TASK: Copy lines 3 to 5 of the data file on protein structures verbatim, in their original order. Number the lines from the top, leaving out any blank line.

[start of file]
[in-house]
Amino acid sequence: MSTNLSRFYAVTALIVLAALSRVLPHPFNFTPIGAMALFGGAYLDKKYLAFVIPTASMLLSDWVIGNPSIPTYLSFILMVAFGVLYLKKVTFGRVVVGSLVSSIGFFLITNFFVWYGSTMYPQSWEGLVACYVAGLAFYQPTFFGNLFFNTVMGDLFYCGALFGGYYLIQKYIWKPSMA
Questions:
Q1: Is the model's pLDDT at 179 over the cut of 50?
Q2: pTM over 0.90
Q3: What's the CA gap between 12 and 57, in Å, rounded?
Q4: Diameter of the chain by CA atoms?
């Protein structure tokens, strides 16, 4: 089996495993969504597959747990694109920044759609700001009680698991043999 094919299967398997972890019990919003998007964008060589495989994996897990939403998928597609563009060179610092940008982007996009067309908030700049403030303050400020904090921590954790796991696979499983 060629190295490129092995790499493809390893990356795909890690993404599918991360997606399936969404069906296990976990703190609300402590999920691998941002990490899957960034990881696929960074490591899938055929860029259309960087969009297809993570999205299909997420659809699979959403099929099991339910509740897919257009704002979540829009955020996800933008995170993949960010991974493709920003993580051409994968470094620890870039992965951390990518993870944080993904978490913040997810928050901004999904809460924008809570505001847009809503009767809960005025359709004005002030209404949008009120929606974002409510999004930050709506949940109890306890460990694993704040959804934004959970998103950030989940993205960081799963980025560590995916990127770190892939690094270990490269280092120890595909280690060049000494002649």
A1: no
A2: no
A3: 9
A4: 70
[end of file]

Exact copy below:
Questions:
Q1: Is the model's pLDDT at 179 over the cut of 50?
Q2: pTM over 0.90